# stop and remove containers of previous applications
docker stop hello_world_check && docker rm hello_world_check
docker stop portainer && docker rm portainer

# start containers without publishing any ports to host machine
docker run --name hello_world_check --expose 8000 --network nginx-proxy -d crccheck/hello-world
docker run --name portainer --expose 9000 --network nginx-proxy -v /var/run/docker.sock:/var/run/docker.sock -v portainer_data:/data -d portainer/portainer

Congratulations, our applications are now accessible on hello-world.com and docker-dashboard.com. They are production ready and are going to work as intended.

Nevertheless, even with this smallest setup, you’d may require to update manually the nginx configuration when any of the containers will change its properties (e.g. ports have been changed, container has been stopped).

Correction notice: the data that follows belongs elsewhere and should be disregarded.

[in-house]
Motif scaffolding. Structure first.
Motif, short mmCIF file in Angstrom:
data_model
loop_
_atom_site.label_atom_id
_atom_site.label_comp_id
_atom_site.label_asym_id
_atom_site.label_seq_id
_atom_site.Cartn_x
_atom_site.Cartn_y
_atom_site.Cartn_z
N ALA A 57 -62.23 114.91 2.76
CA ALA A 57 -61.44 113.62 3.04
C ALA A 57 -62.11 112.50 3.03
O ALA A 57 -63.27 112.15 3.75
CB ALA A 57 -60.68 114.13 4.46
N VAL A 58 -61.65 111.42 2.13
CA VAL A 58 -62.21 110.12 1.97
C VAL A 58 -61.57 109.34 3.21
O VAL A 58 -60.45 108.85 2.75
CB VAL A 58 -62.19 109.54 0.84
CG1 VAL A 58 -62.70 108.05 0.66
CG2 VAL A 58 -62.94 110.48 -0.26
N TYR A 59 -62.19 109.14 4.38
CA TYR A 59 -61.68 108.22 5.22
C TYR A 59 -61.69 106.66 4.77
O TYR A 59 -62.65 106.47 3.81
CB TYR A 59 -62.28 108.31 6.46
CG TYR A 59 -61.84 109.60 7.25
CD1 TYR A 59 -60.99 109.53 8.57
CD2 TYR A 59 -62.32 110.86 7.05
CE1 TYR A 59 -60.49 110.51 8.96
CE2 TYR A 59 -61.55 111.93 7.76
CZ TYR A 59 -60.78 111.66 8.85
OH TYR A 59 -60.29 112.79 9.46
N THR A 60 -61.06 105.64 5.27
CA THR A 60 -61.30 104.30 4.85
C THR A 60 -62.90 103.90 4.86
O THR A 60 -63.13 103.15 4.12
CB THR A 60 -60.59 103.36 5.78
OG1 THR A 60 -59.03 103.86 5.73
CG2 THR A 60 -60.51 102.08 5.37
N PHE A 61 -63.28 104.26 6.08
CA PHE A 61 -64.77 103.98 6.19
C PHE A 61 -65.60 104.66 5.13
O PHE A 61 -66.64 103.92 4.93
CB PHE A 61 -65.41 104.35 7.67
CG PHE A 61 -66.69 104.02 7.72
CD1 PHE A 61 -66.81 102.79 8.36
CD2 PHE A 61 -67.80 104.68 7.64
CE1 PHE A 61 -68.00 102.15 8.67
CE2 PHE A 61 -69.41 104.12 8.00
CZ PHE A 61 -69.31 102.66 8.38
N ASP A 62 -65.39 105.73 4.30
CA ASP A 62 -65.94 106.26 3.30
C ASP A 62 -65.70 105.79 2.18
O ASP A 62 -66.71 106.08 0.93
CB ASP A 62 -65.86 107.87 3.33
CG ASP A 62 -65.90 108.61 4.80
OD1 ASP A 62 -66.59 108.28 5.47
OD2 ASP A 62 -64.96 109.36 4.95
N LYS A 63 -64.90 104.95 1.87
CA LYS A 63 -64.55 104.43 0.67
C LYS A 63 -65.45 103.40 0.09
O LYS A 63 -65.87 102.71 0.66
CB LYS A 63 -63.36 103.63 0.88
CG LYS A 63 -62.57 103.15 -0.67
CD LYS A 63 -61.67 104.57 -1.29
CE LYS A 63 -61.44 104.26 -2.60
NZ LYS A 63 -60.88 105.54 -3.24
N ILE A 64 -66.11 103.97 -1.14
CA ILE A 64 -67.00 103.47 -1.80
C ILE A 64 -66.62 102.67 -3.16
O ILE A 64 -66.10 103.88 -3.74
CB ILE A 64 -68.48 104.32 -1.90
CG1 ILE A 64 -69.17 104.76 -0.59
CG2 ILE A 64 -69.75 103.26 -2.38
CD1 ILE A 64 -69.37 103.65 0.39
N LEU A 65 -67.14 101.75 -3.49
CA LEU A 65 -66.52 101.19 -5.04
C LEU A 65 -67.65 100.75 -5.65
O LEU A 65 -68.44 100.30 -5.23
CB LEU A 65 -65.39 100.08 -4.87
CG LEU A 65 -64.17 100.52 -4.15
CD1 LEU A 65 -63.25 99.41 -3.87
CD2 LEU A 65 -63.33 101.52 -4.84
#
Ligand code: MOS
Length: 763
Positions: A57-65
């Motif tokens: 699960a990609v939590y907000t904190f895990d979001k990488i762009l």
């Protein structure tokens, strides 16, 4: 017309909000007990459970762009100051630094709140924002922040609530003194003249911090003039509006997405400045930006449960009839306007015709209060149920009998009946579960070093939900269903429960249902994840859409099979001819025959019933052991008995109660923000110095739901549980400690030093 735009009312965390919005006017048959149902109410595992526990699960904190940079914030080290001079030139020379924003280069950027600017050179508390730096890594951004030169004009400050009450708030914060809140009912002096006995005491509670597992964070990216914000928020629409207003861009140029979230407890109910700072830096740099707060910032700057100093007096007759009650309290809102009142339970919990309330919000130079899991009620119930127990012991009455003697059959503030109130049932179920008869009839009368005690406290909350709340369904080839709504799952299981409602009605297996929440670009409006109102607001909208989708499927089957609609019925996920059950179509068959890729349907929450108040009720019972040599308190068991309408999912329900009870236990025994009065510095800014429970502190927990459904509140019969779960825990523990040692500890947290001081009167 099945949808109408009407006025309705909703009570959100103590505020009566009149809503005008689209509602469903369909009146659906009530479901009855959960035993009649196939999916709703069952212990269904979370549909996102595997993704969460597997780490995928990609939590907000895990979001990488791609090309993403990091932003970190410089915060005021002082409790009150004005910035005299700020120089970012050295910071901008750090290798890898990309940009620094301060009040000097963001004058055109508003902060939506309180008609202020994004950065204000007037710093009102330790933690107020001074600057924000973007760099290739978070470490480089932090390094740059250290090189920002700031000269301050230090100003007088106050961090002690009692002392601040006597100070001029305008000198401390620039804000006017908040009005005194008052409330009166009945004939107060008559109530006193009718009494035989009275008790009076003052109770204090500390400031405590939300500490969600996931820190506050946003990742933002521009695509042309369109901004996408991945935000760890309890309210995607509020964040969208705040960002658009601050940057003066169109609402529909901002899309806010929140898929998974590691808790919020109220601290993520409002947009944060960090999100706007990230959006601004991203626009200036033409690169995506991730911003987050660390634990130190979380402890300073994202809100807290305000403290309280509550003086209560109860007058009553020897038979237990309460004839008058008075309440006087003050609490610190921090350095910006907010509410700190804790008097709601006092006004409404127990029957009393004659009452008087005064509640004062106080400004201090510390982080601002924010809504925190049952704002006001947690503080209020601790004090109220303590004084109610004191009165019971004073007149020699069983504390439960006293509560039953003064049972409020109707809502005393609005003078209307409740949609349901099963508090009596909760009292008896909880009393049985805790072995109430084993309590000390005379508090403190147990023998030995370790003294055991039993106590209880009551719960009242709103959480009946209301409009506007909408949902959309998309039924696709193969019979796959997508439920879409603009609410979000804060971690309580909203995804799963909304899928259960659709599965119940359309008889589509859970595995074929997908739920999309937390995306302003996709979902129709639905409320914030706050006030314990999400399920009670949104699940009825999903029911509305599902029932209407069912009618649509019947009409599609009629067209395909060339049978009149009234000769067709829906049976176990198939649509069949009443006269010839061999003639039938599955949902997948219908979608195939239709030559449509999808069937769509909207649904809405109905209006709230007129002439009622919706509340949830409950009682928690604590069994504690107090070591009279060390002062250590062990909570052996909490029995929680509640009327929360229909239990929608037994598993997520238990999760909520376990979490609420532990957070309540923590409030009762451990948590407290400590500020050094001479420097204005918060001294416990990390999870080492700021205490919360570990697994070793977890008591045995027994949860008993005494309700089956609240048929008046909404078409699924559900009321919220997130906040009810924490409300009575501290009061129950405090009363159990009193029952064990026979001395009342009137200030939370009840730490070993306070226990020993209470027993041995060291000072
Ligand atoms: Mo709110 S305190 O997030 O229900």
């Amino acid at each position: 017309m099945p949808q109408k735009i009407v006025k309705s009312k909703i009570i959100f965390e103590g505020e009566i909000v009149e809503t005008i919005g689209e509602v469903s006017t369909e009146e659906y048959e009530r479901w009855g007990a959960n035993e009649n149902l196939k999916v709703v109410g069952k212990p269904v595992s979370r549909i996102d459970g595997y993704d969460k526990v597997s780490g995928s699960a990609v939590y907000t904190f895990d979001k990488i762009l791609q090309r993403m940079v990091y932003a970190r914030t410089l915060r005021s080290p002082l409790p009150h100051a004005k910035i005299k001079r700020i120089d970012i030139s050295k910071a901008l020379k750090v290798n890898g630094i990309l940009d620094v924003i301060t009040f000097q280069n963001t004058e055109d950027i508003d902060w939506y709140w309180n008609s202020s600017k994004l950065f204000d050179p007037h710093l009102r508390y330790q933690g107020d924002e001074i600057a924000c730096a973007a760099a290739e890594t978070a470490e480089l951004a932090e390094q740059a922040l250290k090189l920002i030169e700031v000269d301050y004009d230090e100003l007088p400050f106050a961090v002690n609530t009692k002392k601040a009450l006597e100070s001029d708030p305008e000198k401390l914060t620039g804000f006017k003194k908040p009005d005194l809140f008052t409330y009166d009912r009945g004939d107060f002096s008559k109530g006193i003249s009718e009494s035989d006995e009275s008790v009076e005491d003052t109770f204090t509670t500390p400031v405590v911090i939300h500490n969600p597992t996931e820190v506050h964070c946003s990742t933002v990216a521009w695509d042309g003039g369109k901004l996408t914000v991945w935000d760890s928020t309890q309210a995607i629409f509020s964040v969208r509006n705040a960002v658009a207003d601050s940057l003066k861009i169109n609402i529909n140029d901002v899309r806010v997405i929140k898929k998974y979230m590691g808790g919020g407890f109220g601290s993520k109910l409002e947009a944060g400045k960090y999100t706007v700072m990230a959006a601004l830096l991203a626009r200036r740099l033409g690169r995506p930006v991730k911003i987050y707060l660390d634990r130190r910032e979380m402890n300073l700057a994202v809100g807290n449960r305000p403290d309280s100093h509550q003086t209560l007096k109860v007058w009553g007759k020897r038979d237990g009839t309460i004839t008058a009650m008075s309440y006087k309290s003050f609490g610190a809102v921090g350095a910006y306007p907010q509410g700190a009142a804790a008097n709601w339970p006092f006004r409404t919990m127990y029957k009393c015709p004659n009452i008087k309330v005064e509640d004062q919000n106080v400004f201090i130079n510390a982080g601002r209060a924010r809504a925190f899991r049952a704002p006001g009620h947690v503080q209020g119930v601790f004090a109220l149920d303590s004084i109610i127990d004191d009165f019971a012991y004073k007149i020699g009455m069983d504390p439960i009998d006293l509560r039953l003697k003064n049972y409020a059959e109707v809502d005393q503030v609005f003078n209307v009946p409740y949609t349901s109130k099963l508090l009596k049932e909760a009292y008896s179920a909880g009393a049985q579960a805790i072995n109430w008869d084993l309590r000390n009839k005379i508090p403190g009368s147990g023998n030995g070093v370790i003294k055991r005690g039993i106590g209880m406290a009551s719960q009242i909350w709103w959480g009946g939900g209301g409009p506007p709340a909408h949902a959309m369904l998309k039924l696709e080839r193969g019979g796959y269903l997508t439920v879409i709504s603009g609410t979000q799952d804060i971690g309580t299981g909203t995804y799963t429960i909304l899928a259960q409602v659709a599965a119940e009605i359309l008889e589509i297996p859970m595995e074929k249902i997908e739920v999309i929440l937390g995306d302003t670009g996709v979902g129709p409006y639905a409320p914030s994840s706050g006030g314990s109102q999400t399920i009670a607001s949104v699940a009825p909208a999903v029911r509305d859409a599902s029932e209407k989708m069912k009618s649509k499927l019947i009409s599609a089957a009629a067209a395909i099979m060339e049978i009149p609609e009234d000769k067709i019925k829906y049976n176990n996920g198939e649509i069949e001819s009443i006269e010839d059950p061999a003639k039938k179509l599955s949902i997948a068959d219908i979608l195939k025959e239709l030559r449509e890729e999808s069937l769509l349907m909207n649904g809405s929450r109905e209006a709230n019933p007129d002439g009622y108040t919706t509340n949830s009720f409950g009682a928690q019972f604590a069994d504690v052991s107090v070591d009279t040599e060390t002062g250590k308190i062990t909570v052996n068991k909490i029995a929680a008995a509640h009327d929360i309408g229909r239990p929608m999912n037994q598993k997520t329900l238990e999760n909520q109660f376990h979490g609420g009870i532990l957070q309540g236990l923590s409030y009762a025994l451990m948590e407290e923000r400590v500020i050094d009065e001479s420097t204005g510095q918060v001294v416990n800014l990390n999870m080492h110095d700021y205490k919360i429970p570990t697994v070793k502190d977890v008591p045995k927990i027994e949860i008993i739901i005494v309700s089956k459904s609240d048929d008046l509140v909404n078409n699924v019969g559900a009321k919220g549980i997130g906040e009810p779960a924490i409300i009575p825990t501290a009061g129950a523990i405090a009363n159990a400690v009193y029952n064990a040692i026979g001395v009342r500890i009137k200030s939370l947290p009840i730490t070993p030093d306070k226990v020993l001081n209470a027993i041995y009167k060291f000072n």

Wouldn’t be cool if there was a way to dynamically generate nginx configs based on the state of containers? So that whenever a container changes, the nginx configs are changed as well?

Of course it would!

Automatic configuration

nginx-proxy is an automated nginx proxy for Docker containers that helps in generation and update of nginx config files. It works by constantly monitoring the state of the containers via Docker API.

Start the nginx-proxy container in already existing nginx-proxy network. (Note that you’d have to stop the existing nginx container if its running on port :80)